Wed | Feb 19, 2020

‘I learned to walk at age 11’

Published:Sunday | February 17, 2019 | 1:34 AM

“My mother knew something was wrong when I was born with a slight deformity in one of my legs,” said Peart, as she recounted the series of events which led to her diagnosis.

“She never thought it was that serious until I started breaking,”she continued. After being rushed from St Elizabeth to the closest hospital in Mandeville, her mother was adamant about finding out what was wrong with her only child.

“The doctors at the time had no idea what was wrong with me. My mother discharged me herself and took me to the Bustamante Hospital where she met Professor Golding, who was able to diagnose me with Osteogenesis imperfecta.”

Cultivating a life around it

With her fate now predetermined by this rare genetic disease, Peart had to learn how to cultivate a life around it. She said “growing up was a challenge”, as she explained how the disease affected her performance at school and socialising with her peers.

“I barely attended basic or primary school, because I was always breaking,” she said. In her first year of basic school, Peart was fixated on playing with her classmates like a normal child. During the encounter, she broke a leg, which made her unable to attend school until her final year.

“School, for me, never kicked in until I started to attend Maggotty High. I had the best time ever and I have to give a lot of credit to my past principal who enabled me to become more outspoken,” beamed Peart.

At Maggotty High, she was able to join the debating and drama clubs and was even part of the teams that entered JCDC. Though high school was significantly easier, Peart was still undergoing surgeries to correct her scoliosis and straighten deformed bones with the help of Professor John Golding and Dr Dayanand Sawh, who is her current doctor.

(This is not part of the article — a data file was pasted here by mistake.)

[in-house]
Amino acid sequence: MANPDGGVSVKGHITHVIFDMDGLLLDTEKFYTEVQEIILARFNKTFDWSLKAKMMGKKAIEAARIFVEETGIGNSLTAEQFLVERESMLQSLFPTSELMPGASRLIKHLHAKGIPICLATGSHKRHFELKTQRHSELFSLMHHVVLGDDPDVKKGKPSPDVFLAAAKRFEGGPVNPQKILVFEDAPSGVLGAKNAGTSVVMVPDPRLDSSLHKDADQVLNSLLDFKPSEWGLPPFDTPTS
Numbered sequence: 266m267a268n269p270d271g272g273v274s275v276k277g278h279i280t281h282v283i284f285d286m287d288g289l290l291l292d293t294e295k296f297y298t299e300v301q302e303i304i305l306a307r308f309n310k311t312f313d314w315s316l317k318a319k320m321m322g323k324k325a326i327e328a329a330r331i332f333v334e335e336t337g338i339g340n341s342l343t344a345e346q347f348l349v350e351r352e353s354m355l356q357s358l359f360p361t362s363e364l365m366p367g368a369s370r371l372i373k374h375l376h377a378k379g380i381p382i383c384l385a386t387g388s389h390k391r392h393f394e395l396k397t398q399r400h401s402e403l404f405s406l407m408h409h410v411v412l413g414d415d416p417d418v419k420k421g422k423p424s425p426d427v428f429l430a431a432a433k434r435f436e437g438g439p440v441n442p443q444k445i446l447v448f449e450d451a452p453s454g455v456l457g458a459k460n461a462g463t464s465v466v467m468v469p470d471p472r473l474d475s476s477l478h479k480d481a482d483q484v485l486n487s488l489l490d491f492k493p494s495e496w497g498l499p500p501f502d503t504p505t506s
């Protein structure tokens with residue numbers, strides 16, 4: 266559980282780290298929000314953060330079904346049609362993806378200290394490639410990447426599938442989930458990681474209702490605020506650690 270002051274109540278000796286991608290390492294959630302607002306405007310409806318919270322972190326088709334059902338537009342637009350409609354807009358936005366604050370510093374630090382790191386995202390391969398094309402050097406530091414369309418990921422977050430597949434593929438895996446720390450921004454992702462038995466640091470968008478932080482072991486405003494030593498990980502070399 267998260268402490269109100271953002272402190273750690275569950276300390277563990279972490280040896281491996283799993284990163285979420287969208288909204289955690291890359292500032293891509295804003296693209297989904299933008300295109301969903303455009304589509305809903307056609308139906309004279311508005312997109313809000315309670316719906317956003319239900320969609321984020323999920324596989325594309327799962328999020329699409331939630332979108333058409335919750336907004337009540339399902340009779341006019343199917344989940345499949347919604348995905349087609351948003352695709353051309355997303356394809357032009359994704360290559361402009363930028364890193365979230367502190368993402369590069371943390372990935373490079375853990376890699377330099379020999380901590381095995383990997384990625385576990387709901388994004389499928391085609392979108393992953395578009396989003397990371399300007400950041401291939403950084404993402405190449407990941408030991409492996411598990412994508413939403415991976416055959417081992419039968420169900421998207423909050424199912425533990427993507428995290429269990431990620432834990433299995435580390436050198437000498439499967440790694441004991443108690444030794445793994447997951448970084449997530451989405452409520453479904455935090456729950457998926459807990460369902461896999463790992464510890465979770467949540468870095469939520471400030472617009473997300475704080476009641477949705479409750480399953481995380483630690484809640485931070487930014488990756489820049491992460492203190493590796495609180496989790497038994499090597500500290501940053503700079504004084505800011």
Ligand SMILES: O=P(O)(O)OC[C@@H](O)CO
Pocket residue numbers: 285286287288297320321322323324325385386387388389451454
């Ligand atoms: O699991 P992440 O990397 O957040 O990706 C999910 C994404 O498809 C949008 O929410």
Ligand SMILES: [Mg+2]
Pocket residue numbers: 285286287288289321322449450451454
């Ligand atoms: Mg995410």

“I did not learn to walk until I was 11,” said Peart. The process of walking was a daunting experience, which was not only scary, but painful. With bright enthusiastic eyes and a mischievously shy smile, Peart told Outlook Magazine about the day she surprised everyone by walking into her graduation ceremony from primary school without crutches. “That was the last time I walked with them, and I do not plan on taking them up any time soon,” laughed a vibrant Peart.

“Most persons would think I am extremely bubbly, excited, and outgoing. But then, when I am by myself, I lament over the situation,” said Peart. There is no cure for Osteogenesis imperfecta, and it is a life filled with trauma.

“With no cure, you just have to adjust to the situation as it comes,” she explained. “I was changing in ways I did not understand. I went from being very slim to becoming voluptuous. After the scoliosis surgery, I even developed a little hump,” said Peart, who admitted that she battled with body-image issues for her entire life.

“I always thought I did not match up to the standards society dictated to us. It took a period of adjustment to accept that this is the way I am and it is never going to change,” said Peart.

The day she decided that she had had enough and was done being hard on herself, came when her aunt had a baby who became the centre of her world.

“I became a role model to someone. That person was looking up to me, so I had to adjust my perspective on life and become a positive influence for her,” she said.

“What motivates me are my goals. Those keep me on track,” said Peart, who is set to graduate from the University of Technology in November with a degree in Human Resource and Marketing.

“Osteogenesis is rough. It is draining, toxic, and stressful on the person going through it and those around them. You have to find something that you like and set goals. As Nicole McLaren Campbell said, build a vision board and create a path that you would like to travel, which will help you get to your goals,” she said.

Releasing her documentary is also another important goal for Peart.

“I want to bring awareness to Osteogenesis imperfecta and create a foundation to help those living with the disease,” explained Peart. With the help of creative director Jik Reuben and several generous sponsors, Peart will be screening her documentary, The Sanshegay Project, on Saturday, March 2, at Chillitos on Hope Road.